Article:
We all scream for ice cream and vanilla ice cream is a ubiquitous flavor in our foodie culture that is often renown for its rich texture and light vanilla flavor that can be eaten alone or paired with a variety of delicious desserts, such as pie, cookies, and cake. However, ingredients, such as milk, cream and vanilla may actually be non-existent in your favorite brands, at least if you live in Great Britain.
Earlier this year, an award-winning writer for the Washington Post, Maura Judkis had set off to visit the Museum of Ice Cream, located in Manhattan, New York, to find out how ice cream is made. She was surprised to learn that England doesn't regulate the ingredients in ice cream like the United States does. In fact, when an investigation conducted by a British television show examined 24 different brands, none of them included milk, cream, or vanilla which is quite shocking considering the flavorings of ice cream would seemingly be derived from a natural source. However, two highly-acclaimed American brands, Haagen-Dazs and Ben & Jerry's both contained all three ingredients. Asda, Morrisons, and Tesco were all found to contain none of the vital three flavors needed to make quality ice cream. Instead, many of the brands instead contained reconstituted dry skim milk, palm oil, coconut oil, and whey protein.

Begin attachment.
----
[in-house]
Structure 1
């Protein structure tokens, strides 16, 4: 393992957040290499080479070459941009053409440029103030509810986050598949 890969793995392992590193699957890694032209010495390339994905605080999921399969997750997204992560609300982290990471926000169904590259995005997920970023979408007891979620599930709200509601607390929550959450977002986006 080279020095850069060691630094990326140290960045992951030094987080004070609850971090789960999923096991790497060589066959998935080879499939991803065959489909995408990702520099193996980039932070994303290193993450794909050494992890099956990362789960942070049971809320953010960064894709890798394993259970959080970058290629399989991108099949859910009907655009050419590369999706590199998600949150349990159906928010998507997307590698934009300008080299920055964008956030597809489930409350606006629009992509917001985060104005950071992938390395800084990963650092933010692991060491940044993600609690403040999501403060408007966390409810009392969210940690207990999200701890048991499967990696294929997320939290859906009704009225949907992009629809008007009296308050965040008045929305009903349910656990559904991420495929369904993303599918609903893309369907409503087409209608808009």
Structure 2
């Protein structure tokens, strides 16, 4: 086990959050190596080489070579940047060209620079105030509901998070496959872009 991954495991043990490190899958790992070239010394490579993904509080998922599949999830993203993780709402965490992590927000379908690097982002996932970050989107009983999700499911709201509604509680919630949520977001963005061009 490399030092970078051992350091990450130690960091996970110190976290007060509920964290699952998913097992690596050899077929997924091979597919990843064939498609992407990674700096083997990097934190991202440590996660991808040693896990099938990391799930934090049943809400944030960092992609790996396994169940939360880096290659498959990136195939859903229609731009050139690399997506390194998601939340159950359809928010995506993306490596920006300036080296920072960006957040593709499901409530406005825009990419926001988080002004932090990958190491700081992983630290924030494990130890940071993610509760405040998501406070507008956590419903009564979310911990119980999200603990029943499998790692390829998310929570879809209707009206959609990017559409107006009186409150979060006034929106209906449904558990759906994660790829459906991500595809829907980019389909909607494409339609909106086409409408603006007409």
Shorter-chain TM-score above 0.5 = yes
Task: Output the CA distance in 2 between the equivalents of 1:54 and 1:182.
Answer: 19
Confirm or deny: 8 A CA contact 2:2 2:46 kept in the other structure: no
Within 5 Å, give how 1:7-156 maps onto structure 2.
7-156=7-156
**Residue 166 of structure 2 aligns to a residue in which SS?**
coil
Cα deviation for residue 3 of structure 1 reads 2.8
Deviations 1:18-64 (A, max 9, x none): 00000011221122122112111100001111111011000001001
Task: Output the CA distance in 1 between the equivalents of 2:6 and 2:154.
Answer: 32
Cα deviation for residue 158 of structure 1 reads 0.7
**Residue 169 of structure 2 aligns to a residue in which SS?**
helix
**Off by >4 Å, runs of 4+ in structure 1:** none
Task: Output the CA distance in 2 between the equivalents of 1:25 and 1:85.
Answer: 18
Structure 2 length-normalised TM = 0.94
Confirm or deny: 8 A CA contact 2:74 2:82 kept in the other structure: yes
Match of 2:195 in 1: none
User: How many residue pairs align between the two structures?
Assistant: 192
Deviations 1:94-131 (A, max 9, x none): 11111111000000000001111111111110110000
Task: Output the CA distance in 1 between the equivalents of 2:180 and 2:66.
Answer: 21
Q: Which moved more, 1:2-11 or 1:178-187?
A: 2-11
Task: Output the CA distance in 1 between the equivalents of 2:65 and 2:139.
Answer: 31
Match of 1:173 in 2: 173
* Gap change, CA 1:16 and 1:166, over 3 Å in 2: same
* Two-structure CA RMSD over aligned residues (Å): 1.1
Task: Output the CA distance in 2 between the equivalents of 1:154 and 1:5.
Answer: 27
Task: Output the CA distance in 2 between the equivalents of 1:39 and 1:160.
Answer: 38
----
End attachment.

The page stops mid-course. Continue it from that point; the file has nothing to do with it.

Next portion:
Unlike the United States, Great Britain doesn't require that any ice cream company manufacture ice cream that contains vanilla, cream, or milk. There are also little to no requirements of what can be considered ice cream in the UK, whereas, in the United States, the USDA states that ice cream must contain no less than 20% milk solids, constituted of no less than 10% milkfat. Otherwise, it cannot be labeled as "ice cream", but it can be called a "frozen dairy dessert" or "light ice cream" or any other marketing term other than ice cream. Additionally, whey protein cannot contain 25% of the milk solids-not-fat (SNF), which can interfere with the flavoring and is also needed to bring out the vanilla. In the United Kingdom, prior to 2015, a product that claimed to be ice cream had to have at least 5% dairy fat and 2% milk protein. However, those rules have changed.
There are many factors which contribute to the desirability of ice cream, such as its flavor, texture, appearance, color, and quality, which may be different for each individual. Real ice cream should contain at least some of the important ingredients to get the best flavoring. However, real ice cream should also be and taste authentic. While the jury is still out on whether or not the UK will ever begin to use real ingredients that constitute actual ice cream, if authenticity is what you seek in your food, then it is important to check the ingredients list for items such as vanilla, cream, and milk, or a mixture of the three. Otherwise, you may get more than what you are looking for.